Loot boxes have now been in the spotlight for a number of years, upsetting everyone from educators and parents to the gamers themselves.
Now, it looks like real action may soon be taken against these quasi-gambling vehicles as the US Federal Trade Commission is planning to investigate loot boxes.
On Tuesday, Senator Maggie Hassan (D – NH), who has raised concerns about loot boxes in the past, brought up the issue to chairman Joseph Simmons during a US Senate Commerce, Science, and Transportation subcommittee hearing, calling the boxes “endemic.”
“Loot boxes are now endemic in the video game industry and are present in everything from casual smartphone games to the newest, high-budget video game releases,” Hassan said. “Loot boxes will represent a $50 billion industry by the year 2022, according to the latest research estimates. Children may be particularly susceptible to engaging with these in-game purchases, which are often considered integral components of video games.”
Michael Gallagher, who is the president of the Entertainment Software Association, however, which oversees the Entertainment Software Ratings Board (ESRB) that would conduct the review, notably said last May that he doesn’t believe loot boxes are connected to gambling and self-regulation would suffice.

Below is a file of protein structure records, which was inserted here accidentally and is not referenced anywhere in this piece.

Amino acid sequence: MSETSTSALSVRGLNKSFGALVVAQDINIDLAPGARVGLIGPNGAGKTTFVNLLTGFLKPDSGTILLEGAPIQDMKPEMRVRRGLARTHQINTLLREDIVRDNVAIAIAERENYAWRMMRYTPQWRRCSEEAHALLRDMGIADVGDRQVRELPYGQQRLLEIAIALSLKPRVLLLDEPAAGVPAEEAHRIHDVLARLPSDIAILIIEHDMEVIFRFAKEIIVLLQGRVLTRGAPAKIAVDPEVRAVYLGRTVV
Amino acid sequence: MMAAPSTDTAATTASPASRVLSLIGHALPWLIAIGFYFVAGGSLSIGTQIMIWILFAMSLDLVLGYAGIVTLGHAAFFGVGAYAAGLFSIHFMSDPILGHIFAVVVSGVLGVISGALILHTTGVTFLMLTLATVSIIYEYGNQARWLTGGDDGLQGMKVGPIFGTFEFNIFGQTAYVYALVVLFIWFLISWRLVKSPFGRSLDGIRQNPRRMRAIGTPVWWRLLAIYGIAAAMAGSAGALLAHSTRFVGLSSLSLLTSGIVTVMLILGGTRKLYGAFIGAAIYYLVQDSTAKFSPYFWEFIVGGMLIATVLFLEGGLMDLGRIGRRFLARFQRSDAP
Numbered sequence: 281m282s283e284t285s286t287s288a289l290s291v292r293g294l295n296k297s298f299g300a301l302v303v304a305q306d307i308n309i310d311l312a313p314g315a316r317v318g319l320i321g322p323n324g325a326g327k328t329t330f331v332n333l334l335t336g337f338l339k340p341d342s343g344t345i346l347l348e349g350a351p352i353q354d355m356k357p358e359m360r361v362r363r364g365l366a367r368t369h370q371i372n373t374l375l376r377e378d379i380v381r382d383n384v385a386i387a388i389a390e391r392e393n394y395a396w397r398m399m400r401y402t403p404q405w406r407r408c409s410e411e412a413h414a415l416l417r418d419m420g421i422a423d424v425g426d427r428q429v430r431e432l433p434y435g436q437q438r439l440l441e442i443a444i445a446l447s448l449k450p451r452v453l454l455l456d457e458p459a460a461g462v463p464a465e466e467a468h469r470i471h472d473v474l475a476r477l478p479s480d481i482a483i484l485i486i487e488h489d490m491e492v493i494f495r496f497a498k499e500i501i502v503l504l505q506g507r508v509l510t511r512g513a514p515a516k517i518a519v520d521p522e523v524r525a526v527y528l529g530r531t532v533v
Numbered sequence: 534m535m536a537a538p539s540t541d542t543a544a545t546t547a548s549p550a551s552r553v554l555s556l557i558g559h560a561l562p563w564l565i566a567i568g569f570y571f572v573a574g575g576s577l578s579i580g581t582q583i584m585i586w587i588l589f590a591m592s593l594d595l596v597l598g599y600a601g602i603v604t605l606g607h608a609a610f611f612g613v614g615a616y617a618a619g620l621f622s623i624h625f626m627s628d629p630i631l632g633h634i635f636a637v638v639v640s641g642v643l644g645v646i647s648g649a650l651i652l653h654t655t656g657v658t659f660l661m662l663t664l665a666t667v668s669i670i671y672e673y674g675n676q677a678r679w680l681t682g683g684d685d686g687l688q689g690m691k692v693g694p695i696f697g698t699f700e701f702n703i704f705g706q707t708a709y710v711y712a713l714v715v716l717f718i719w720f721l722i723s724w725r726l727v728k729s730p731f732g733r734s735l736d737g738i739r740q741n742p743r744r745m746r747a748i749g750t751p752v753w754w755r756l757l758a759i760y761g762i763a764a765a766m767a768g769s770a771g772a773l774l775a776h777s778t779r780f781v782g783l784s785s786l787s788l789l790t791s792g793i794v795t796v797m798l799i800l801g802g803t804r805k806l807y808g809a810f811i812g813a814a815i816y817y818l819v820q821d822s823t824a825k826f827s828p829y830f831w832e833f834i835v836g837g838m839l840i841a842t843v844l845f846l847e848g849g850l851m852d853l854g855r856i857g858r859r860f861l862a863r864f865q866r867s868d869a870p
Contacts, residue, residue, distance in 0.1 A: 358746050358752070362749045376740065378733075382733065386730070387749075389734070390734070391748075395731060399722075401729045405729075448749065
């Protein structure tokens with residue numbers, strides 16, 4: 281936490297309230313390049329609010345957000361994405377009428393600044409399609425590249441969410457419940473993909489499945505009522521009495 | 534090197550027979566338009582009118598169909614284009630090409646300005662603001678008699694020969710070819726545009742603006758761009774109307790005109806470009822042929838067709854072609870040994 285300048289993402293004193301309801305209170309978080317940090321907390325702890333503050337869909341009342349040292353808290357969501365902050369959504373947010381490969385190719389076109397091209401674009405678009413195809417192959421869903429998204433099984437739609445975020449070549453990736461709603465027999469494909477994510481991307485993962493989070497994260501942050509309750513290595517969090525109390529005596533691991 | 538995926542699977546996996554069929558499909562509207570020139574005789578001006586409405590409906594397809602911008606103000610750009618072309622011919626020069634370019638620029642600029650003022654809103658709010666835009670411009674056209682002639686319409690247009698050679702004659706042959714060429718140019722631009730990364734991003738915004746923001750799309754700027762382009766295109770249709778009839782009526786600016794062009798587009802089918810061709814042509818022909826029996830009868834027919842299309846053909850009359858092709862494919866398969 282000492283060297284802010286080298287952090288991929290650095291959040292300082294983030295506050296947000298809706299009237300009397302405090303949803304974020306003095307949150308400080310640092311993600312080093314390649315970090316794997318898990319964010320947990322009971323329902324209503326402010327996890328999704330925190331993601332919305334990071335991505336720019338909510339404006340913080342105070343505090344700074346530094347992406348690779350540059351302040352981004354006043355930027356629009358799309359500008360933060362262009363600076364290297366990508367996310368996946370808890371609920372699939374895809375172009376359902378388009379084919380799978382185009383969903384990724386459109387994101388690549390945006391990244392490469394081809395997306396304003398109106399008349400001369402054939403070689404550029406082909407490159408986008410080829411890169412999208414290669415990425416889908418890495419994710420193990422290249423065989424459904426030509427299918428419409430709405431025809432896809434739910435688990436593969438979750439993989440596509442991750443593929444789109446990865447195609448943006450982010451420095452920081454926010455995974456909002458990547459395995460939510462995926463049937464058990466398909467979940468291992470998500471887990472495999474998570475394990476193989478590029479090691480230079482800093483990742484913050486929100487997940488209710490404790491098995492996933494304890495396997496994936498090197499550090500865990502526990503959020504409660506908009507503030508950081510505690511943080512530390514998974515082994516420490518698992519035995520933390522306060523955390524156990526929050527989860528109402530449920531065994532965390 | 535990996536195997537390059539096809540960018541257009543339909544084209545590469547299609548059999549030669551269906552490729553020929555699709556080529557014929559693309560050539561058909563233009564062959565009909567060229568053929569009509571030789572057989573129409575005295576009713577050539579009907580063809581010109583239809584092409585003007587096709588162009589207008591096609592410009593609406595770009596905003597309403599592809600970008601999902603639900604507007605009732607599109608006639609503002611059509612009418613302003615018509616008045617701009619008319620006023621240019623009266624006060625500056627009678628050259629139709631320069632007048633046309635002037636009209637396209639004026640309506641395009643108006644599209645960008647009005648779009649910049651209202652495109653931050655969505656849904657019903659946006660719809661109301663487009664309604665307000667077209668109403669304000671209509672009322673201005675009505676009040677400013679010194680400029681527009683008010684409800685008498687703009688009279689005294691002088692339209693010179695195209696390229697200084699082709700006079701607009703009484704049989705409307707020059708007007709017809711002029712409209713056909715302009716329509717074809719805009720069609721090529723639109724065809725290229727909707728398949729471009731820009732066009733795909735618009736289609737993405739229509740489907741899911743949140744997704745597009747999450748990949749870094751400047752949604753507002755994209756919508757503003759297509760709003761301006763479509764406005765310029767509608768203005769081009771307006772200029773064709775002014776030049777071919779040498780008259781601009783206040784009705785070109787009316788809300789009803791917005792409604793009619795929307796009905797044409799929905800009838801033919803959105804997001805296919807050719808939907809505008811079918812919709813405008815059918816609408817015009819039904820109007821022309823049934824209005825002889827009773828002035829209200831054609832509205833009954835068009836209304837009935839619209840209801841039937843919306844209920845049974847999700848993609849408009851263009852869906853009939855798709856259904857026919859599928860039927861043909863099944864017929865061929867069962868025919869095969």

Hassan disagrees with the idea of self-regulation, particularly citing concerns over the impact of loot boxes on children.
Further concern over loot boxes has been driven by a recent public study of over 7,400 gamers that found “important links between loot box spending and problem gambling.” Published by the Australian Environment and Communications Reference Committee (ECRC), the survey was written in response to a scholarly journal published in Nature Human Behaviour, titled, “Video game loot boxes are psychologically akin to gambling.”
The findings support prior claims that loot boxes are “psychologically akin to gambling.” The report went on to note that “these results also suggest that there is a serious risk for loot boxes to cause gambling-related harm.”
Despite the ESA’s reluctance to further investigate an in-game reward system projected to sap $50 billion from a largely underage customer base, it seems that chairman Simmons will now force the matter to address Hassan’s concerns.